3. Counters as additional payment isn't unused - putting -1/-1 counters on your own stuff was a theme of Shadowmoor block. Giving your opponent's stuff beneficial counters is relatively rare though.

  4. If I'm using a new mana cost I'd like the design to be an actual mana symbol, let's call it {N} (not just an additional cost). Some random ideas:

    Poison mana-- ({N} can be paid with {1} or by gaining a poision counter. A player with 10 or more poison counters loses the game.)
    Probably too strong, unless we print it in Return to New Phyrexia with the return of infect.

    Refund mana or "Half-mana"-- ({N} can be paid with {1} or a reserve counter. If you paid it with {1}, you gain a reserve counter.)
    Possibly too parasitic?

    Innistrad mana-- ({N} can be paid with {W} if two or more spells were cast last turn, {B} if zero spells were cast last turn, and {1} otherwise.)
    Way too specific, but I like the idea of costs that are variable, not "either-or" or "both-and".

    Factory mana-- ({N} can be paid with {1} or by tapping an untapped creature or artifact you control.)
    Oh wait, I've reinvented convoke.

    City mana-- ({N} can't be paid with mana produced by a basic land.)
    Massive power difference between Standard and Limited. Might be possible in Return to Return to Ravnica or the like.

    Muraganda mana-- ({N} can only be paid with mana produced by a [Plains, Island, Swamp, Mountain, Forest]).
    Another massive power difference, this time in the other direction. But the shocklands give me hope.

    1. Opinions? Feedback? Like/dislike? Which direction should I be taking this?

    2. I think you should move away from "which lands can you play in your deck" costs since they will always mean you have to choose between limited and constructed for your designs.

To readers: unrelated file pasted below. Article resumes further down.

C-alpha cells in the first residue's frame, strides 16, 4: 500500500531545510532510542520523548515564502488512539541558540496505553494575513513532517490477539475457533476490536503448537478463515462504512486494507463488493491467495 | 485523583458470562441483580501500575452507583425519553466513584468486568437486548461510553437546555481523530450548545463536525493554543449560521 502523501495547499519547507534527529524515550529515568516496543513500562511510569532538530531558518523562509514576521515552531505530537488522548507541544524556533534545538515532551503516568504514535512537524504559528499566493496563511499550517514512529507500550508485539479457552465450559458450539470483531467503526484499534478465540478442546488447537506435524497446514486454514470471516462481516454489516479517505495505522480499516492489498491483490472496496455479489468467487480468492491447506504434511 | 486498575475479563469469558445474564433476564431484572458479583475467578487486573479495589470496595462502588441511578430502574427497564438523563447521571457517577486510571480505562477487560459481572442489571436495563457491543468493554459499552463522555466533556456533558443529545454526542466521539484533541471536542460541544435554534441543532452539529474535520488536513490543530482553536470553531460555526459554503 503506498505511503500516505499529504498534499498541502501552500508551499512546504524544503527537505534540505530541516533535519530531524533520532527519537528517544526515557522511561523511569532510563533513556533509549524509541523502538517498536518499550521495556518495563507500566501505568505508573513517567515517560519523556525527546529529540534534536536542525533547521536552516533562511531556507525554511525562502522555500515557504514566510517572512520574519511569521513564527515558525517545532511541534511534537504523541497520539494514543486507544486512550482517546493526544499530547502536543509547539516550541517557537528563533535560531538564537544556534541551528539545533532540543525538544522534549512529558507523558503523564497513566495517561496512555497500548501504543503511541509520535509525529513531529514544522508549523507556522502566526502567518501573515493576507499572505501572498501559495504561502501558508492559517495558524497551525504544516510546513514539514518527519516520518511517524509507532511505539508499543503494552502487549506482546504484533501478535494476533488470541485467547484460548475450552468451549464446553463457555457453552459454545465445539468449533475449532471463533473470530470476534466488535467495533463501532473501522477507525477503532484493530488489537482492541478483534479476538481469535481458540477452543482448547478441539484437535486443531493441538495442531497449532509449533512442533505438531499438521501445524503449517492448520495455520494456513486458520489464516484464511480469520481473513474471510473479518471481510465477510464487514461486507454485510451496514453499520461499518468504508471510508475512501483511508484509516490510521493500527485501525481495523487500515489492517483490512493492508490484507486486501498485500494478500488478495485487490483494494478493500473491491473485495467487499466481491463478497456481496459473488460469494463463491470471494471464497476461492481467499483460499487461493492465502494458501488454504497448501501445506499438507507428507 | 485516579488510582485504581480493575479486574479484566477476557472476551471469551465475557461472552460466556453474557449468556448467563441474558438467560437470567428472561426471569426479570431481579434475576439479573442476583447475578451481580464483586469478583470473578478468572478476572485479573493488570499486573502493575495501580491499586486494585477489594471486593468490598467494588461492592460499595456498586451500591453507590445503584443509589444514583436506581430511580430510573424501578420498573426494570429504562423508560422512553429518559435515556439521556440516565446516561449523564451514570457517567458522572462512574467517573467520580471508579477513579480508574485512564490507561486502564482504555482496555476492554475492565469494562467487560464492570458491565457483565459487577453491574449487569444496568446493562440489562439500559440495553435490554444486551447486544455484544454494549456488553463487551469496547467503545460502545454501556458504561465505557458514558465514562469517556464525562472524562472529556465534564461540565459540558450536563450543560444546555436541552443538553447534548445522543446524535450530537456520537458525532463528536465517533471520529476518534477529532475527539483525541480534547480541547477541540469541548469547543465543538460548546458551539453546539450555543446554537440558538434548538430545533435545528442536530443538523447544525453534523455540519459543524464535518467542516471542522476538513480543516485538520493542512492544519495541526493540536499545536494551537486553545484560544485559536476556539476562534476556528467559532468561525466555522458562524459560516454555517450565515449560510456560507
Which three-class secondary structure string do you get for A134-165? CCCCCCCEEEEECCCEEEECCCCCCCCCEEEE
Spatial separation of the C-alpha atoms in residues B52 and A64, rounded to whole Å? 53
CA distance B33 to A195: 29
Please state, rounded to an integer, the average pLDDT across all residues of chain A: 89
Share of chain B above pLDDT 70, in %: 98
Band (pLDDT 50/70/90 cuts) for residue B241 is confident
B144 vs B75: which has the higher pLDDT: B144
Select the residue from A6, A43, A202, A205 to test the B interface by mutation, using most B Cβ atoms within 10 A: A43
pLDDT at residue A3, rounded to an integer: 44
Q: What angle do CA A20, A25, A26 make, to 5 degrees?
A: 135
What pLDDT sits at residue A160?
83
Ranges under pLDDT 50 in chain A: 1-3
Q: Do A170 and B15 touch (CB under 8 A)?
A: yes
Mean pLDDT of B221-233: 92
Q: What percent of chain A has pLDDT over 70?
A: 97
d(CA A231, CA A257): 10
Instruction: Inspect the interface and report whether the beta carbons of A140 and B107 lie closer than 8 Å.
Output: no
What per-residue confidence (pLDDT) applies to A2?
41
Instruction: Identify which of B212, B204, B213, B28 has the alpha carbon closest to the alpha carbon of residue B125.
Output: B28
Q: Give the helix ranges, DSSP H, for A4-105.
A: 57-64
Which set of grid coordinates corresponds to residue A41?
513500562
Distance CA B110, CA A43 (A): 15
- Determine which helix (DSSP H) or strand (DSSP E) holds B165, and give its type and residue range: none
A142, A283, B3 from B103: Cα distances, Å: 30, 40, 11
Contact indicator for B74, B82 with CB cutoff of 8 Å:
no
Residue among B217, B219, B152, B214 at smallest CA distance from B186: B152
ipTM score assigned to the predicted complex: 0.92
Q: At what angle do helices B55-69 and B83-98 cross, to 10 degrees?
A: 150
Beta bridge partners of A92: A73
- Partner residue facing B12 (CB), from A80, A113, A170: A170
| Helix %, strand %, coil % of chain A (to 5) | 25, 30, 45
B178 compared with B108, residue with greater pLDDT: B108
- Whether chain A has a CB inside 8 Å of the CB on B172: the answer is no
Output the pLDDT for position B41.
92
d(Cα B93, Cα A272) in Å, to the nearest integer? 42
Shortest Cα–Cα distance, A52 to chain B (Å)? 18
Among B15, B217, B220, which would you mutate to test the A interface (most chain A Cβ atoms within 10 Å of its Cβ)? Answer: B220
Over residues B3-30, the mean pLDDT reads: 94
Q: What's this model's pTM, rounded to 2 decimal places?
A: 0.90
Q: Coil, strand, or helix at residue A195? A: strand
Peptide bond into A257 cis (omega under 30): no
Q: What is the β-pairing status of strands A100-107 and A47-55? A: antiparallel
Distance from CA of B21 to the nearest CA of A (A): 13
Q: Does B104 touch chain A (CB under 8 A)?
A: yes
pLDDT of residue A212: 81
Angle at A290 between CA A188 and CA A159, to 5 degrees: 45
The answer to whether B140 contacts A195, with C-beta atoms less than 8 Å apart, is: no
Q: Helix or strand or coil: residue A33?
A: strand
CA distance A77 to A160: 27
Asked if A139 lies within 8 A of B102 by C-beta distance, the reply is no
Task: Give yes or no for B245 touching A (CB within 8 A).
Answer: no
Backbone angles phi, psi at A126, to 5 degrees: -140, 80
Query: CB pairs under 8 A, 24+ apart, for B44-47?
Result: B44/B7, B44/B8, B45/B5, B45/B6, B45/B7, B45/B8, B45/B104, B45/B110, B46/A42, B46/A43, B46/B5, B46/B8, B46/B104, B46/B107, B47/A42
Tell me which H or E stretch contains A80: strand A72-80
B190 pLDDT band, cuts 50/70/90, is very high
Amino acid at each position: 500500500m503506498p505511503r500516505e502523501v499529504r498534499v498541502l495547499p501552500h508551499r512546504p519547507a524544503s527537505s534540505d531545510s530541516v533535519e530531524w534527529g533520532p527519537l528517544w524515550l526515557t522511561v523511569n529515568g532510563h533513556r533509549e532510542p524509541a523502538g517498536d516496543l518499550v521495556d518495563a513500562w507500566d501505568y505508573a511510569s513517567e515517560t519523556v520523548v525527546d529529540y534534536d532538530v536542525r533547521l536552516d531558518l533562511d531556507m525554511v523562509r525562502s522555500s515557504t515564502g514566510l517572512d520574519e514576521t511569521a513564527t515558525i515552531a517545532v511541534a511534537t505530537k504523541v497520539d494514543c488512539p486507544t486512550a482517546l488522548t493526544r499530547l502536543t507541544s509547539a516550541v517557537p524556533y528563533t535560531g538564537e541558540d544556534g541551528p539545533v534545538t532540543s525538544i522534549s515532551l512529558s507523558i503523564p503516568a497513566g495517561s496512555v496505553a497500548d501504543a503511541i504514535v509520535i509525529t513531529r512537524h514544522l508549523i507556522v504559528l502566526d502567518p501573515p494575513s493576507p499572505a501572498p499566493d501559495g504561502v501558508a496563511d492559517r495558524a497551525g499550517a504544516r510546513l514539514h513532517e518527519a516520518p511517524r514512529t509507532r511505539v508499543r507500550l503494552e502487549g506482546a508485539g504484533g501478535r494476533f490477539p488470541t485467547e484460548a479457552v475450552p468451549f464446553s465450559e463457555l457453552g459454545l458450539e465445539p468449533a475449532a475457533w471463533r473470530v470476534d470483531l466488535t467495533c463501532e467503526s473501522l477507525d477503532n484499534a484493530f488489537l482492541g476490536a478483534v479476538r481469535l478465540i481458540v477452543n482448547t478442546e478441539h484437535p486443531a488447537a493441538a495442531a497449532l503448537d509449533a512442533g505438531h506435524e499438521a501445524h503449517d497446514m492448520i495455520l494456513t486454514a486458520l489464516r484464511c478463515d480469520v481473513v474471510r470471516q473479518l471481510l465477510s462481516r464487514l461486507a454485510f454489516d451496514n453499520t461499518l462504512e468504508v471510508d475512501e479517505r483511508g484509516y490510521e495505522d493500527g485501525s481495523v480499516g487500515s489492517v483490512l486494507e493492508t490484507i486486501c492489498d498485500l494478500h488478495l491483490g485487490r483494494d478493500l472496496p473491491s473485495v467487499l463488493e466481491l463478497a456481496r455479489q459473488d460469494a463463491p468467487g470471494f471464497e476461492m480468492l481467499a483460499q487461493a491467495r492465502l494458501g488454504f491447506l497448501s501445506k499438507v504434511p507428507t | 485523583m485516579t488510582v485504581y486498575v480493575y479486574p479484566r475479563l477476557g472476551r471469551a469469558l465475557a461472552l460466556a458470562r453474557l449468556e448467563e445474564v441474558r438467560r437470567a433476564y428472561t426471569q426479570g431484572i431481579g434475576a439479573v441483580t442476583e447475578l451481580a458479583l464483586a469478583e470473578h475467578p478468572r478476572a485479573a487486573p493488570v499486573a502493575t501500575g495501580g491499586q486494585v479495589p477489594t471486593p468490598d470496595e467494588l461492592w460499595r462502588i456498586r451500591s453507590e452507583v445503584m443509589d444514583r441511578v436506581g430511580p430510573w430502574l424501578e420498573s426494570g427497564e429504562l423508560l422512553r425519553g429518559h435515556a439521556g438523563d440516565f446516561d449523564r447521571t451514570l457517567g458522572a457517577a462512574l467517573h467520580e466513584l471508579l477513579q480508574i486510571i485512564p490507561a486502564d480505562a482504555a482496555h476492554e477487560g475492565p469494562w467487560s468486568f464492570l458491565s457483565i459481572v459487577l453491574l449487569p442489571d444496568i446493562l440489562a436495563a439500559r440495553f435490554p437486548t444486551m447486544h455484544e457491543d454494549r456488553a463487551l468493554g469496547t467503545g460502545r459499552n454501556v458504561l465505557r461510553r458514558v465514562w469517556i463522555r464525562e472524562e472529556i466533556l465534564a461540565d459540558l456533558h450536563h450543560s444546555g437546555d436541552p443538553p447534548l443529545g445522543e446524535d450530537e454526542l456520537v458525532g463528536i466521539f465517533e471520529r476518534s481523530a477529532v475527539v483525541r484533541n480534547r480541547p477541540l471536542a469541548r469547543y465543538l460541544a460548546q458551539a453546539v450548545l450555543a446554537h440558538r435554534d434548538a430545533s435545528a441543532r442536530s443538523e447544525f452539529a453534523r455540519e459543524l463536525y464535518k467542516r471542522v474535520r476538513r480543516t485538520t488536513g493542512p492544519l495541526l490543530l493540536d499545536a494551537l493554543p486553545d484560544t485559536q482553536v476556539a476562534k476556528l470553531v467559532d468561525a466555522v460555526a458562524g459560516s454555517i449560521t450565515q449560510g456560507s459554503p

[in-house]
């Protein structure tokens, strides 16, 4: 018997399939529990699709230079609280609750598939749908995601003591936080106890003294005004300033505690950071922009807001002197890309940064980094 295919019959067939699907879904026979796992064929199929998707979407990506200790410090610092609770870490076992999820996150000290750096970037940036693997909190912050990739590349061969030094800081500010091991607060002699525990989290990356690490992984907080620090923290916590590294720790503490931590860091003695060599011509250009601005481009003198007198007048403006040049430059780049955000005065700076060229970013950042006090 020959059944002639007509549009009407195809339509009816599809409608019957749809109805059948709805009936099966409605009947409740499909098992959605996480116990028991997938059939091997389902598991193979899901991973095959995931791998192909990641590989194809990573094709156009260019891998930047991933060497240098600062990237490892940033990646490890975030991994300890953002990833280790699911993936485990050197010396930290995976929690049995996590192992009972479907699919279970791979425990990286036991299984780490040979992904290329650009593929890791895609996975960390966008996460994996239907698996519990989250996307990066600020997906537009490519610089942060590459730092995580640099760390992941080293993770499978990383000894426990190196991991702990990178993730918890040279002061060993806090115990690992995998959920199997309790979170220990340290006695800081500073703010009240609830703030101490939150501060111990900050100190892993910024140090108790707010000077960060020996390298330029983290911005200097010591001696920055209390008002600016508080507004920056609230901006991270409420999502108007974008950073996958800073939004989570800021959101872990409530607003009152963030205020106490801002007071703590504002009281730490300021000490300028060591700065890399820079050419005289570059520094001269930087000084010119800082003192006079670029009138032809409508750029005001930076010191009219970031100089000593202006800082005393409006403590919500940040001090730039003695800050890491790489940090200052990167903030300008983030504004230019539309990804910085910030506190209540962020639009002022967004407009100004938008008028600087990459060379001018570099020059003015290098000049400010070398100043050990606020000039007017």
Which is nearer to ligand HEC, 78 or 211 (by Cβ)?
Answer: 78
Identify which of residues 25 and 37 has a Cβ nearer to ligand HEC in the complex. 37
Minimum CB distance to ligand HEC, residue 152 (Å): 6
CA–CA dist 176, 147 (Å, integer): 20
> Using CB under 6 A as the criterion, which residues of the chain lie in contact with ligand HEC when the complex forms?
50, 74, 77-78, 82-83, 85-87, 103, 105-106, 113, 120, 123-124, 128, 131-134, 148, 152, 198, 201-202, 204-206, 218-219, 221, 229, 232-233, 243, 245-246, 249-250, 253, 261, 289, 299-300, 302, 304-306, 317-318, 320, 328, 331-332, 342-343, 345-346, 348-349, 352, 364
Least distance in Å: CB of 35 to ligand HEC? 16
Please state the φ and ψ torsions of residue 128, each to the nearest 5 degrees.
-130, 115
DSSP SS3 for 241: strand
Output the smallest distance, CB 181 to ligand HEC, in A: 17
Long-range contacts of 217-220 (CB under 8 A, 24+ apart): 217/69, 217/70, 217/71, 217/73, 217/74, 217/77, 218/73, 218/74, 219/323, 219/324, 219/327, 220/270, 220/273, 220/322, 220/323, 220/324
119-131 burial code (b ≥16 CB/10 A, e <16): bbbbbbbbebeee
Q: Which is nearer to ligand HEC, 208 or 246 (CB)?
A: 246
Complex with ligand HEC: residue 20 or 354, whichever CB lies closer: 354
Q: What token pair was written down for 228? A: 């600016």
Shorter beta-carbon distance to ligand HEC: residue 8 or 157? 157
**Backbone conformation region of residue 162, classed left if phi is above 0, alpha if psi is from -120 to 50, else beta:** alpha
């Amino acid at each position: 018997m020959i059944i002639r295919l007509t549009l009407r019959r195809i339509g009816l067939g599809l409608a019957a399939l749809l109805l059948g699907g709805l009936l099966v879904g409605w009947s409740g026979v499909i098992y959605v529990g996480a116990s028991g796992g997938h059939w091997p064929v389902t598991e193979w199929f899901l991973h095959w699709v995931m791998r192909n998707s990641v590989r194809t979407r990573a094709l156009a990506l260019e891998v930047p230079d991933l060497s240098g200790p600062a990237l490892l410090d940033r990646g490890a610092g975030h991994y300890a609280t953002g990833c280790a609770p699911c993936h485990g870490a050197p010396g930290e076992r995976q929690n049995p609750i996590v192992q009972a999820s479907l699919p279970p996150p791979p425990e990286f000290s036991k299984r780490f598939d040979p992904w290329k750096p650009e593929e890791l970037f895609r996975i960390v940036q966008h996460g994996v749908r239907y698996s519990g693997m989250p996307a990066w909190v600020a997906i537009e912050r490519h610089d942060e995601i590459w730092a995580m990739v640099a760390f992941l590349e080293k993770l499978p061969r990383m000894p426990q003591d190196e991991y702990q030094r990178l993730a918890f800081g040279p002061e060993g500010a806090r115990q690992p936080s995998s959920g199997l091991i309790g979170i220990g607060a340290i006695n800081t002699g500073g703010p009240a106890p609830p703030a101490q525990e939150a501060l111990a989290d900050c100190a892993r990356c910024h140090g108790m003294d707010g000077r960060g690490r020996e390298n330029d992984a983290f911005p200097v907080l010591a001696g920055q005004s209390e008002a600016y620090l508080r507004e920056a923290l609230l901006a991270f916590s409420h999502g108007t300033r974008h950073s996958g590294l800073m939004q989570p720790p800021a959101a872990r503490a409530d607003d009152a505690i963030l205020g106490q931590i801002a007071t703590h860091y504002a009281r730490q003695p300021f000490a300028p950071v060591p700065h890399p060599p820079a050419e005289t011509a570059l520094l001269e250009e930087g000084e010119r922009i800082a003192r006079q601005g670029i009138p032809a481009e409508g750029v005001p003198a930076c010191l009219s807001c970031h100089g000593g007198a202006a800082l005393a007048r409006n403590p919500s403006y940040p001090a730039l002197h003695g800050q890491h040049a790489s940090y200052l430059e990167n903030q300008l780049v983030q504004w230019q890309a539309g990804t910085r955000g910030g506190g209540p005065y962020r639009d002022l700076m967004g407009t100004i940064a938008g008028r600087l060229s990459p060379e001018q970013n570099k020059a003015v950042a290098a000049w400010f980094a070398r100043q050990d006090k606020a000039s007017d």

A better starting point would be Lorwyn-Block stuff. The Silvergill Adept cycle or even Champion both represent alternative costs that rewarded you for synergy with the other spells you were playing. That can be intersting in limited and constructed for different reasons. In limited it influences pick orders and changes signals, and in constructed it restricts your pool of cards. Both Fish Decks and Infect Decks are sort of in this vein, or Esper Dragons in the current standard.

      Now, what could we do instead of Tribal Reveals? On that I'm stumped at the moment, but I'm convinced it's a better starting point that something that depends on lands.

    3. Good idea. How about something to help with mana screw?

      ({N} can be paid with {W} or by paying {1} and revealing a white card from your hand.)

      Kinda marginal, but interesting. I'm starting to realize that these mana designs fall into 2 categories: those that make paying for stuff easier (e.g. Phyrexian and hybrid) and those that make paying harder (e.g. colorless and snow).

    4. I think that this contest has a trap: you are trying to create a new mana symbol, but perhaps you should iterate on an older one...

      By the way threebrid could be an option too, no?
      Also there is the non-land source restriction of the big Myr (costed {2}).

    5. I like the reveal cards from your hand restriction just by color (saw this with morphs and in the magic like card game EPIC). Reads well if you get rid of the whole symbol with a card reveal, but those could potentially get worse/feel bad if people are holding on to cards to cast them? Maybe not, as a player with no cards in hand probably doesn't need a cost reduction mechanic.

    6. I agree that this contest is probably a trap. however the obvious answer to me is purple mana. Just make a new mana color that can only be made by cards like Birds of Paradise. Its a backwards compatible solution like the recent mana in OGW.

    7. In my opinion OGW colorless mana *is* purple mana. Or at least as close as we're ever going to get.